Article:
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Can you tell me if the function I wrote below is enough to preload images in most if not all browsers commonly used today?

function preloadImage(url)
    var img=new Image();

I have an array of imageURLs that I loop and call the preloadImage function for each URL.

Thank you.

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Note that some (all?) browsers will release the image after some seconds if you haven't used it. To avoid this, keep a reference to the img object, e.g. in an array in the parent scope. – Tamlyn Oct 13 '14 at 13:14
What do you mean by "release the image"? If it was cached by the browser, it will stay there, right? – Francisc Oct 17 '14 at 19:07
It will stay cached on disk but not in RAM and sometimes disk is too slow (e.g. animating a sequence). – Tamlyn Oct 18 '14 at 8:40
A bit shorter: (new Image()).src = url; – mrzmyr Oct 23 '14 at 10:56

7 Answers 7

up vote 49 down vote accepted

yes.. this should work on all major browsers

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Thank you Huzi. – Francisc Sep 6 '10 at 9:36

CSS2 Alternative:

body:after {
  content: url(img01.jpg) url(img02.jpg) url(img03.jpg);
  display: none;

CSS3 Alternative: (H/T Linh Dam)

.preload-images {
  display: none;
  width: 0;
  height: 0;
  background: url(img01.jpg),
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Thanks mplungjan. Although it doesn't help me with this particular case, it is good to know. – Francisc Sep 6 '10 at 9:36
Am I right saying this will slow down loading of the page because these images need to be downloaded before the page can launch the load event? – Jakub Mar 7 at 17:23
Possibly. Why not try? – mplungjan Mar 7 at 21:34

I recommend you use a try/catch to prevent some possible issues:


    var preloadImage = function (url) {
        try {
            var _img = new Image();
            _img.src = url;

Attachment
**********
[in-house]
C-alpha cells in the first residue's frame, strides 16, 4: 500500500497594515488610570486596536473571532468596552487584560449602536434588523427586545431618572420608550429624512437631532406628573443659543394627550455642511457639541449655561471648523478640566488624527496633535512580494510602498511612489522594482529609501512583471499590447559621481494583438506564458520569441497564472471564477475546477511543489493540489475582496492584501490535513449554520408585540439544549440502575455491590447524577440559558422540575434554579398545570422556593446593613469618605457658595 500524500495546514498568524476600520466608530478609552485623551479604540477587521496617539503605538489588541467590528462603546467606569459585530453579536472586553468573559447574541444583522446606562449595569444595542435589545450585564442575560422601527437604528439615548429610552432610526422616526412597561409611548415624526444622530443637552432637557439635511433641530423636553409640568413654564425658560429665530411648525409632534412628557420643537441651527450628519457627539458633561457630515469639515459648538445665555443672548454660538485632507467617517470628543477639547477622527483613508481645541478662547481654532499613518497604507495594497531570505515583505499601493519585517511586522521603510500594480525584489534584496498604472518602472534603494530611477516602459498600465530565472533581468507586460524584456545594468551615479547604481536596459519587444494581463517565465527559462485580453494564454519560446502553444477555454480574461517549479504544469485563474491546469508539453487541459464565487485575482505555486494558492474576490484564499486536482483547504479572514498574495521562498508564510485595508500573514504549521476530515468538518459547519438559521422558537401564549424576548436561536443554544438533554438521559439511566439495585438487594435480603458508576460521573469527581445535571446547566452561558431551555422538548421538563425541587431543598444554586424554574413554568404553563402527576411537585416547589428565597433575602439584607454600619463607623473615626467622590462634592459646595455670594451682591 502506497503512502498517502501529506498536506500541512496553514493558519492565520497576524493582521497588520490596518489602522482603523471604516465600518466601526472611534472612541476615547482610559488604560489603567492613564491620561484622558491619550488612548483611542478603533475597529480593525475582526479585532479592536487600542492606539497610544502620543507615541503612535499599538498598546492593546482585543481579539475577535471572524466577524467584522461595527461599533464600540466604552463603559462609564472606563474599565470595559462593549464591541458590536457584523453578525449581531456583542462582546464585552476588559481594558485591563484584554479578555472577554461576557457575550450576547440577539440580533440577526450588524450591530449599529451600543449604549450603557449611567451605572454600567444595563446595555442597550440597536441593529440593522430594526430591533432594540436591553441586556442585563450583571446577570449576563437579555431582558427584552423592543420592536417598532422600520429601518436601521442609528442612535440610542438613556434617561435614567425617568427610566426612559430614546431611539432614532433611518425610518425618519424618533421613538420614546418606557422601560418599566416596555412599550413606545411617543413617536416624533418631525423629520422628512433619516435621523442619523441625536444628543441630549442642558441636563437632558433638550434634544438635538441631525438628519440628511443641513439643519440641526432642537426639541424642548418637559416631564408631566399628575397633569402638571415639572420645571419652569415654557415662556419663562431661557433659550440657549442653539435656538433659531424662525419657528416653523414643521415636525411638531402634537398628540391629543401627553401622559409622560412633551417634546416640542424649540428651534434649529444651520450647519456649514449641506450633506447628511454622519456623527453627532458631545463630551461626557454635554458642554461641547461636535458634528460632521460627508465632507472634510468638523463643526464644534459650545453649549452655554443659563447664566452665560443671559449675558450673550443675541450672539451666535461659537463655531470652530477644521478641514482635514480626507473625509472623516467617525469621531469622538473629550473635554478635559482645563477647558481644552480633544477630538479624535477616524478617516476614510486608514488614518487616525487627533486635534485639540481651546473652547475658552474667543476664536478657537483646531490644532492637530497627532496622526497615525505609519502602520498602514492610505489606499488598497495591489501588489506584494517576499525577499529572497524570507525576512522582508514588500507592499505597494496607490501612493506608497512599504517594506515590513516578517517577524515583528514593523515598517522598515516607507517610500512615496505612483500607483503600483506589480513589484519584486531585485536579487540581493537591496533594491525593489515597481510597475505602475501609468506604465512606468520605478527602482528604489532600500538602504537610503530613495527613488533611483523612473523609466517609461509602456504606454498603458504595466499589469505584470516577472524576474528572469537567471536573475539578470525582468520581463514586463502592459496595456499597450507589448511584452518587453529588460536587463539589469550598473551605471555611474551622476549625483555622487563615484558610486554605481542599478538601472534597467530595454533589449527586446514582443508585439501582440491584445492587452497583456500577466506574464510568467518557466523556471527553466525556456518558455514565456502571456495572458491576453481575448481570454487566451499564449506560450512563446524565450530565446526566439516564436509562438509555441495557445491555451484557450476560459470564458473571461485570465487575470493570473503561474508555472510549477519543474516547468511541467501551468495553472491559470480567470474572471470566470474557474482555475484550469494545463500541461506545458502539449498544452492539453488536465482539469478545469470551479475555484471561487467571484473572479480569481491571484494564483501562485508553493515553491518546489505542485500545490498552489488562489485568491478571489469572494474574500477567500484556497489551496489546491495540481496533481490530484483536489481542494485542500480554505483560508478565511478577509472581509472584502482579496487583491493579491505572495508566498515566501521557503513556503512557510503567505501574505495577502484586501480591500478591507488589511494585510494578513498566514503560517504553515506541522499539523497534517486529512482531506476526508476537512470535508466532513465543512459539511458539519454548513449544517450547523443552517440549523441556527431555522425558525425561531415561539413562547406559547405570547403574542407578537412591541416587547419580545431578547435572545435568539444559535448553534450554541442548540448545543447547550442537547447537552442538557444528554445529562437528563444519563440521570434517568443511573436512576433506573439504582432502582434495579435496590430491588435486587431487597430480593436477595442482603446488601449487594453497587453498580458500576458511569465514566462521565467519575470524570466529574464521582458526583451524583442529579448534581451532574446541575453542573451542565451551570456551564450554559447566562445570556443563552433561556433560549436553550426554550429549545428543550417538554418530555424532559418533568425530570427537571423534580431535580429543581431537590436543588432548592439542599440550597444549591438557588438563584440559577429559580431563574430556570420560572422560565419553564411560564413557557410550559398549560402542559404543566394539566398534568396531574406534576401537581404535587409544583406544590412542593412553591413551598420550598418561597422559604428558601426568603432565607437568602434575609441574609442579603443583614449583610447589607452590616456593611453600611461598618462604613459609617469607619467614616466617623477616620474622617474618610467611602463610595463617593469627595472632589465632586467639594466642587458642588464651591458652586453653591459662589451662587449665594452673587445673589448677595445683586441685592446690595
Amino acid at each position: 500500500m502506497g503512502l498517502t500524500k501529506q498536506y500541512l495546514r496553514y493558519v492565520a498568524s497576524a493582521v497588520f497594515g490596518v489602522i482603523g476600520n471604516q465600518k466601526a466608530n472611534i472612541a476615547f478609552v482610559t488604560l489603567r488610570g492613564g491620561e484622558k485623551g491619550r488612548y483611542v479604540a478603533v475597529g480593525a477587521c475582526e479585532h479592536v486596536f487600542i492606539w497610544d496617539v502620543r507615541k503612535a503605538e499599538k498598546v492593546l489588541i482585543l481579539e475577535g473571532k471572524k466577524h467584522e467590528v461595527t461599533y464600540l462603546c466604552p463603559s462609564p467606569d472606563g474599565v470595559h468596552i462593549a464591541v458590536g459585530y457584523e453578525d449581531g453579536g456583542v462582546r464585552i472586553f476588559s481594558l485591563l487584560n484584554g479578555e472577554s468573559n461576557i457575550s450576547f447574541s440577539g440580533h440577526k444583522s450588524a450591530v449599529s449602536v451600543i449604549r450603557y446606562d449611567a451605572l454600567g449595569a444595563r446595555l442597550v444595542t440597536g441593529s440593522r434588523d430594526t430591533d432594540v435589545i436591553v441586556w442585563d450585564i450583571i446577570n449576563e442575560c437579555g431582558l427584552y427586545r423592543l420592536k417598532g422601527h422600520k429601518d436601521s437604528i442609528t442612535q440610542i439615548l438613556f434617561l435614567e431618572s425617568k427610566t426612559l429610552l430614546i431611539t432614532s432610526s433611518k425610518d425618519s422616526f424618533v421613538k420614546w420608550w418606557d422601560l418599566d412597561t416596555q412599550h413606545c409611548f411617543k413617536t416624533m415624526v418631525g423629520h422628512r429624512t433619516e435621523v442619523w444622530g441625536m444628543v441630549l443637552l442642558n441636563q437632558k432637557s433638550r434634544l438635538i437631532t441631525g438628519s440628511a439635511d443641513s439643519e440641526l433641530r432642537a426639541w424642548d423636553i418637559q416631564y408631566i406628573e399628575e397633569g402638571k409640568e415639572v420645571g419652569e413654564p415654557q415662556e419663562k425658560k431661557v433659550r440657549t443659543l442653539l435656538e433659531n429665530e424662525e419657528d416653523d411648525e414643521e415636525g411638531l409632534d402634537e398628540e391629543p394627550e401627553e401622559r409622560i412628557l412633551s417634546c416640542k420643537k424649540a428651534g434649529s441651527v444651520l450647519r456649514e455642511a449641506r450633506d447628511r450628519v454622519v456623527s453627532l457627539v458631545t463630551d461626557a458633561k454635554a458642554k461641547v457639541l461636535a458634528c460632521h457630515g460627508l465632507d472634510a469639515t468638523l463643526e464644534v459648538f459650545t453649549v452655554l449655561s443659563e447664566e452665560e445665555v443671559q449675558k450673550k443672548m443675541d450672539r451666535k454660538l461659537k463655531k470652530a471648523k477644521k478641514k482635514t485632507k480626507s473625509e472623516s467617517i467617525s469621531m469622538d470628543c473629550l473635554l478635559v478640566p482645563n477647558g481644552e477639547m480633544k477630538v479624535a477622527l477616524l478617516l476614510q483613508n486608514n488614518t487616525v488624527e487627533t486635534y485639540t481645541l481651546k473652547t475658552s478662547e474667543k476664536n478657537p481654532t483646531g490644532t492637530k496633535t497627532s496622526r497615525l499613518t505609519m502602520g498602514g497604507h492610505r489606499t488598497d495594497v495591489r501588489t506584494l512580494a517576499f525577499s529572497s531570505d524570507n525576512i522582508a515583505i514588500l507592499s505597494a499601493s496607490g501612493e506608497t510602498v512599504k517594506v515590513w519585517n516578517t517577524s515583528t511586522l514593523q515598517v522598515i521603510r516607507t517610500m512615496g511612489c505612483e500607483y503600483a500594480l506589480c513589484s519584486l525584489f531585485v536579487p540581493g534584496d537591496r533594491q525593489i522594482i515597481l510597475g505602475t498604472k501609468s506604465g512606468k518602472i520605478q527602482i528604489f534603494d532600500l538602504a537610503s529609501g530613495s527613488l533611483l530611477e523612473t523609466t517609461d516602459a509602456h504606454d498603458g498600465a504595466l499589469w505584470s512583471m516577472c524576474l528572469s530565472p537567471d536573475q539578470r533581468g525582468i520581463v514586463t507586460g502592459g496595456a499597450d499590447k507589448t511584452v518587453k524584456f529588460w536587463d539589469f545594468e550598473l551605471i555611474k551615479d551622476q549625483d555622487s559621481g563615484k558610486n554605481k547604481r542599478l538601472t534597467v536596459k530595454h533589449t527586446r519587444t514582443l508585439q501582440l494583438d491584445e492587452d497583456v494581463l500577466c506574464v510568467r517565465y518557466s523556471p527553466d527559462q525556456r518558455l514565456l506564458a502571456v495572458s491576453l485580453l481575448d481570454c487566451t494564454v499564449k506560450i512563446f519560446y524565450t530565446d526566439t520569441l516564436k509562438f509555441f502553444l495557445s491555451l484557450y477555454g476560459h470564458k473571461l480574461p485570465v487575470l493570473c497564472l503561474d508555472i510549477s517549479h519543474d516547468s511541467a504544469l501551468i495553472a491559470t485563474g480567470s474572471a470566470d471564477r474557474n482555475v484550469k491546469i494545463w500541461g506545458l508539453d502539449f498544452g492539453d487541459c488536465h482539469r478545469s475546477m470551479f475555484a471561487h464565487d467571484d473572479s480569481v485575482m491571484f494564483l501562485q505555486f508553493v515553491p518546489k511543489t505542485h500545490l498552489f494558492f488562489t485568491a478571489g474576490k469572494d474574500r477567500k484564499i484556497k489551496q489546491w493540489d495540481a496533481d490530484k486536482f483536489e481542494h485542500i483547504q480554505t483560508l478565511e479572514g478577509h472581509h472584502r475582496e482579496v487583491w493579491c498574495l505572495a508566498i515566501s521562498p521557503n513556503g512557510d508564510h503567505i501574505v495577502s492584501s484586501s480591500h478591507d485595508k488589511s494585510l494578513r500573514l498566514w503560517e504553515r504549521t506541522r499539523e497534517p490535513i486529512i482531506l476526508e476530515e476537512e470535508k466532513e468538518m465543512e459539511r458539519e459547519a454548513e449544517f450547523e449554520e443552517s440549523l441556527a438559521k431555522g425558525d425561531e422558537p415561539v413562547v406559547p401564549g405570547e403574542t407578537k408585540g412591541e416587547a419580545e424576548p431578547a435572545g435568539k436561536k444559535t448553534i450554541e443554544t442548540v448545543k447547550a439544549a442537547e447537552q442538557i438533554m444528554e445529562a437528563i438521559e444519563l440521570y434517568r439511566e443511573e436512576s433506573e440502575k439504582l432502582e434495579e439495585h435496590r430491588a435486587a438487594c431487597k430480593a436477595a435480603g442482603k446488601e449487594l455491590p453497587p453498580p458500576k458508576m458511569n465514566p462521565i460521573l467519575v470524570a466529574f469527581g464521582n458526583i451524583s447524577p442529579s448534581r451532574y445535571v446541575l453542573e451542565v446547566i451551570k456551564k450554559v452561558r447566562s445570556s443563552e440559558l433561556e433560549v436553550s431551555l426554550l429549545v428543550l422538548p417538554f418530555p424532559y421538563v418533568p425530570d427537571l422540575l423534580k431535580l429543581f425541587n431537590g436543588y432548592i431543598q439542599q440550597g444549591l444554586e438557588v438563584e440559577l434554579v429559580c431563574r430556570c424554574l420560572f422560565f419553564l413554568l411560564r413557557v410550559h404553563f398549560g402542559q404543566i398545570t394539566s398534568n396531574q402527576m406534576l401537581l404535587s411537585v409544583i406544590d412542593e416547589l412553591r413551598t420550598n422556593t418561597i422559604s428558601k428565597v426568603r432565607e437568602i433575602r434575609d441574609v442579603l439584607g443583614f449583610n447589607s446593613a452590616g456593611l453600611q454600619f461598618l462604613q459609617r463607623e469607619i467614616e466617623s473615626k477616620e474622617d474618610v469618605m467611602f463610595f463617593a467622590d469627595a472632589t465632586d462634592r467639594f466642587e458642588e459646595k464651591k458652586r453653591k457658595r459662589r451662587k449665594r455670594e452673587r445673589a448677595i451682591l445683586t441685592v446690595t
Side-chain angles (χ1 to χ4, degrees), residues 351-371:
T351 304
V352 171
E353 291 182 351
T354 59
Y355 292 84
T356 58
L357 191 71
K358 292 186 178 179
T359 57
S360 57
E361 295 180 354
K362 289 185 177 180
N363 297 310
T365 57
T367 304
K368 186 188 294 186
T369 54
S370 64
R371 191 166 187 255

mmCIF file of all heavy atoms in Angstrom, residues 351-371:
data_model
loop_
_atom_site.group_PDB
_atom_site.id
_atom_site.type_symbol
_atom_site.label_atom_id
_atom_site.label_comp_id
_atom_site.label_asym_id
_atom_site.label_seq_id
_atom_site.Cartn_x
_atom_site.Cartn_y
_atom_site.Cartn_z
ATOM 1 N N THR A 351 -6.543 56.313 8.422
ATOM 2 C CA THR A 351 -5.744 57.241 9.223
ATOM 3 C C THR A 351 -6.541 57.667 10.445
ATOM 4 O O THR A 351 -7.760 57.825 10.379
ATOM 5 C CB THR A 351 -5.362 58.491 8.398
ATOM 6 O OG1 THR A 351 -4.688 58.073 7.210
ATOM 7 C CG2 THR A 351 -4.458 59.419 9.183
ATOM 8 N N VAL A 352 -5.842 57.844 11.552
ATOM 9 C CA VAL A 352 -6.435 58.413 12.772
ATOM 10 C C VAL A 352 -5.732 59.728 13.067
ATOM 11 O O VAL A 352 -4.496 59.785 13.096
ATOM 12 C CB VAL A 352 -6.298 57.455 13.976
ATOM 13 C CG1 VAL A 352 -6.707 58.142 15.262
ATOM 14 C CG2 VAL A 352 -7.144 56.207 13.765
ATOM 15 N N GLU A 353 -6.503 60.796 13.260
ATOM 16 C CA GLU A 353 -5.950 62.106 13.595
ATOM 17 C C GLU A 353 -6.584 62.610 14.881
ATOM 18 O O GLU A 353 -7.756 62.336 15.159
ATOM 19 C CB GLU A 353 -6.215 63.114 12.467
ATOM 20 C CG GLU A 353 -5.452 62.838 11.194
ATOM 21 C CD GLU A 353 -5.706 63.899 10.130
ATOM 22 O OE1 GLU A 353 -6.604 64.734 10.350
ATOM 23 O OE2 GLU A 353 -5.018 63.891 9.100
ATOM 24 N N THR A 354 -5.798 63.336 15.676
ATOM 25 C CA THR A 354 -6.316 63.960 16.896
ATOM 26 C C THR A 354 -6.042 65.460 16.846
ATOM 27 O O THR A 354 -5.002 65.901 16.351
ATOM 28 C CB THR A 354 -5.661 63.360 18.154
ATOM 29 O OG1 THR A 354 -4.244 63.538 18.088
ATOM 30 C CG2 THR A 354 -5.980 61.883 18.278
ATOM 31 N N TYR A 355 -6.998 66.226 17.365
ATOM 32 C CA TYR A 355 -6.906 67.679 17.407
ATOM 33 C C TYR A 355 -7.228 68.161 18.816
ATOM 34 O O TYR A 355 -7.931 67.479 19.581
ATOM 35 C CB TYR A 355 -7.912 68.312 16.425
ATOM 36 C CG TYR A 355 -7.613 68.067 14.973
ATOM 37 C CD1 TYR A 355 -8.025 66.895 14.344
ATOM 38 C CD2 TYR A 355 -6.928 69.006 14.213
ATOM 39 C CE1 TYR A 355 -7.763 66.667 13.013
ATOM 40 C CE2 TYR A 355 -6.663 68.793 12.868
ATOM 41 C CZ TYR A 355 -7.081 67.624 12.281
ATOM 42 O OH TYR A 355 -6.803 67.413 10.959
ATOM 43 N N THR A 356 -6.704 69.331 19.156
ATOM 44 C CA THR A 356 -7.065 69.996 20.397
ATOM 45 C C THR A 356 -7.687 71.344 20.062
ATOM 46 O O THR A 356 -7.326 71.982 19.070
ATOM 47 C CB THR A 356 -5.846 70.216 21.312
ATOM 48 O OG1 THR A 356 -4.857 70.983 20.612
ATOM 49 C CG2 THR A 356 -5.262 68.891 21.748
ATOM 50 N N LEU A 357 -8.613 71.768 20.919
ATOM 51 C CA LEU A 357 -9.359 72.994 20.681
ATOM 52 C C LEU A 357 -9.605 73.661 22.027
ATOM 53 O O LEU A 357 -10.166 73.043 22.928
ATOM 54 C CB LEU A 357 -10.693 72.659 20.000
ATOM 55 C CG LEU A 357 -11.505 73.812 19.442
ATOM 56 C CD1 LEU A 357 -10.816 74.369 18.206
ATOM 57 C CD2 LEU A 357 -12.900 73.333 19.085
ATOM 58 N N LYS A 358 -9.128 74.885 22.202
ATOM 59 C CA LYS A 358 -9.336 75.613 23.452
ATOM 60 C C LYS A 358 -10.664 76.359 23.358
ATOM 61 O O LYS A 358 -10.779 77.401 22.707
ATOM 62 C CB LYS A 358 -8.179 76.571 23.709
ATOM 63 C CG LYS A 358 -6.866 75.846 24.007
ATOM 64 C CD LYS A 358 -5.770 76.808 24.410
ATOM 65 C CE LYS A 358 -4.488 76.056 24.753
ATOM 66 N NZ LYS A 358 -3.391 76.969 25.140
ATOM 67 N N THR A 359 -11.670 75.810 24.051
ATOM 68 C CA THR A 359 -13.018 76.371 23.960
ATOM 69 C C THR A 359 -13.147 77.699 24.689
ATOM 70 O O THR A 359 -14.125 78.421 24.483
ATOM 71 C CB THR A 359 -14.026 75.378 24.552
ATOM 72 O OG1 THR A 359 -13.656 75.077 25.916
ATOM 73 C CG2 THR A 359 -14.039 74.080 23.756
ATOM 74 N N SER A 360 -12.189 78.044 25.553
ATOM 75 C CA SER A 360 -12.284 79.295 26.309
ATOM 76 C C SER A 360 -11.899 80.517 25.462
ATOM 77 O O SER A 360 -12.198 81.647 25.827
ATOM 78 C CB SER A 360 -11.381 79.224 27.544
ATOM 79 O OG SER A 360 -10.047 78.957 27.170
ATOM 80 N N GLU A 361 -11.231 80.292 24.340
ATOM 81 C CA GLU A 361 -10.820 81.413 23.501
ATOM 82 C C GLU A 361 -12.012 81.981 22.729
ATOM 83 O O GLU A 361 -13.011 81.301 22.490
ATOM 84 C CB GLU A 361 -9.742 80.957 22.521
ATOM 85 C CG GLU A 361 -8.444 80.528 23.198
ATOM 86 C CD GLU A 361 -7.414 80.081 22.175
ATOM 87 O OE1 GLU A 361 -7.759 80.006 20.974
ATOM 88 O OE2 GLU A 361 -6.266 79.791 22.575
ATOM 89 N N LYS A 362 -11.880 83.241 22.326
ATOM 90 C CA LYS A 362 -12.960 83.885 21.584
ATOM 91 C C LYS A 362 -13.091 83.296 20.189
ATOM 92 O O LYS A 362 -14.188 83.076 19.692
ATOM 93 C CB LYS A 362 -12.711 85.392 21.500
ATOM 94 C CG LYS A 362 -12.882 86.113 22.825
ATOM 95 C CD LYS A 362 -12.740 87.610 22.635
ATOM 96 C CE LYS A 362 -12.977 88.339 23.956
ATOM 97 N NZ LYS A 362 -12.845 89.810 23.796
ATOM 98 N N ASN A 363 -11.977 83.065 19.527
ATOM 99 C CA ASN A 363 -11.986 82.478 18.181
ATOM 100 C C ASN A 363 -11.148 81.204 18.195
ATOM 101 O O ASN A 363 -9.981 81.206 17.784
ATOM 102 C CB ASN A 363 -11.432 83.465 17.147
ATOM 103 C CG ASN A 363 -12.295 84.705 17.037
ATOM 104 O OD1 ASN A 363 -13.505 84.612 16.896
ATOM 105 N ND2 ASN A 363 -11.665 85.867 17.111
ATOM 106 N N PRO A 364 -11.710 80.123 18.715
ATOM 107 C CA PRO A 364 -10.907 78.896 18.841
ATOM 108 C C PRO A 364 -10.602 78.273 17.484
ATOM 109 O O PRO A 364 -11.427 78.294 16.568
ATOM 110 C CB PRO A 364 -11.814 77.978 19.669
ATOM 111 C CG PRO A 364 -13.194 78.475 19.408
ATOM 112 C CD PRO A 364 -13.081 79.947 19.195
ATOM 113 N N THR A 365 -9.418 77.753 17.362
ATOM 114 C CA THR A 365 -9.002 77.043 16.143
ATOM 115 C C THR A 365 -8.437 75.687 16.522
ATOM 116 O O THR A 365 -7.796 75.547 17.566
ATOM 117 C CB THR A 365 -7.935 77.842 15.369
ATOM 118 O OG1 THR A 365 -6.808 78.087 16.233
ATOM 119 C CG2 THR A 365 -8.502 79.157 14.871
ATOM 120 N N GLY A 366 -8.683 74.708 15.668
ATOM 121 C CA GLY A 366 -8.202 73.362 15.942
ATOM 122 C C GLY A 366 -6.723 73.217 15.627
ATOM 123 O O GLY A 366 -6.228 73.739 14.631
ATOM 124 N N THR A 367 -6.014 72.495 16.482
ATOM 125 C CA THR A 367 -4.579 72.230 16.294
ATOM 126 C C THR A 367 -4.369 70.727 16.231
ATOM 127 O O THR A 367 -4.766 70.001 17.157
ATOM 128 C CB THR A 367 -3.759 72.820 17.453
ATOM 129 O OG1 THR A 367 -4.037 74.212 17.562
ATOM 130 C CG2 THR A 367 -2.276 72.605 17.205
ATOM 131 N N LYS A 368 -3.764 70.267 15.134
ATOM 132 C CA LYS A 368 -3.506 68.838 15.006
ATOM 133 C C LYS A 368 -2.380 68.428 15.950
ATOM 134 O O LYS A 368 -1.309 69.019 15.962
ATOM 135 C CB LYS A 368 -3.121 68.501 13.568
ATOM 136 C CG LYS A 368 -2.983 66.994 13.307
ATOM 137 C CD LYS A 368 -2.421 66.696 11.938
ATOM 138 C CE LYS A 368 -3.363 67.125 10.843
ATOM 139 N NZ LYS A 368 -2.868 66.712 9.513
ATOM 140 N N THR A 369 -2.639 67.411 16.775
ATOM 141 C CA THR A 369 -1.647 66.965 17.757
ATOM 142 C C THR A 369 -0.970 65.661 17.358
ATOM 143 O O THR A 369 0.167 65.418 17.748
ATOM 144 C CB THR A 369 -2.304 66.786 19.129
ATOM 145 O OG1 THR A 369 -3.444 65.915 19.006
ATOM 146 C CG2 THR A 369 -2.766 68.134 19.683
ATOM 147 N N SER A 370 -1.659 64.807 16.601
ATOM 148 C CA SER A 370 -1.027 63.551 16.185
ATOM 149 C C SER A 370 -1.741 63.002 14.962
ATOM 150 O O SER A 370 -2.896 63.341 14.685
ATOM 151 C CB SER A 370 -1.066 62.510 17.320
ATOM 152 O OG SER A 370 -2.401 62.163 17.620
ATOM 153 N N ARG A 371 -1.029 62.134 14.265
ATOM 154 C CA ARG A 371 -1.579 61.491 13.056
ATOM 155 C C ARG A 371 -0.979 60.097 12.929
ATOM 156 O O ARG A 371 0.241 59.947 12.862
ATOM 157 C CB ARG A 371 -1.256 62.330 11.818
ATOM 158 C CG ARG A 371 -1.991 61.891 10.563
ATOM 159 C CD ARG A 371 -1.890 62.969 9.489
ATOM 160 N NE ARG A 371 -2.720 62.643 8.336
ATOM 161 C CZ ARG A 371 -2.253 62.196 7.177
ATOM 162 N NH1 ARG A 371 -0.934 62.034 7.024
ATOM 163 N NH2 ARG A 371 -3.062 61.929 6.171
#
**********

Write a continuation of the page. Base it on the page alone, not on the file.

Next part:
} catch (e) { }


    function preloadImage (url) {
        try {
            var _img = new Image();
            _img.src = url;
        } catch (e) { }

Also, while I love DOM, old stupid browsers may have problems with you using DOM, so avoid it altogether IMHO contrary to freedev's contribution. Image() has better support in old trash browsers.

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I do not think this is how you catch errors when loading Image in javascript - there is something like _img.onerror that can(should?) be used. – Greg0ry Sep 23 at 8:57

This approach is a little more elaborate. Here you store all preloaded images in a container, may be a div. And after you could show the images or move it within the DOM to the correct position.

function preloadImg(containerId, imgUrl, imageId) {
    var i = document.createElement('img'); // or new Image() = imageId;
    i.onload = function() {
         var container = document.getElementById(containerId);
    i.src = imgUrl;

Try it here, I have also added few comments

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Try this I think this is better.

var images = [];
function preload() {
    for (i = 0; i < arguments.length; i++) {
        images[i] = new Image();
        images[i].src = preload.arguments[i];

//-- usage --//


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neat and orderly! – JackDev Apr 7 at 16:18
there's no onload handler for any of the images – benny Jul 27 at 18:22

Yes it does, If you are wanting a little load page as well try the link below

Cache dynamic images from array before page loads using javascript - Includes a demo

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preload an array of images to the DOM at the bottom of the body element

function preloadImages(srcArray) {    
  for (var i = 0, len = srcArray.length; i < len; i++) {
      var img = new Image(); 
      img.src = srcArray[i]; = 'none';

example use:

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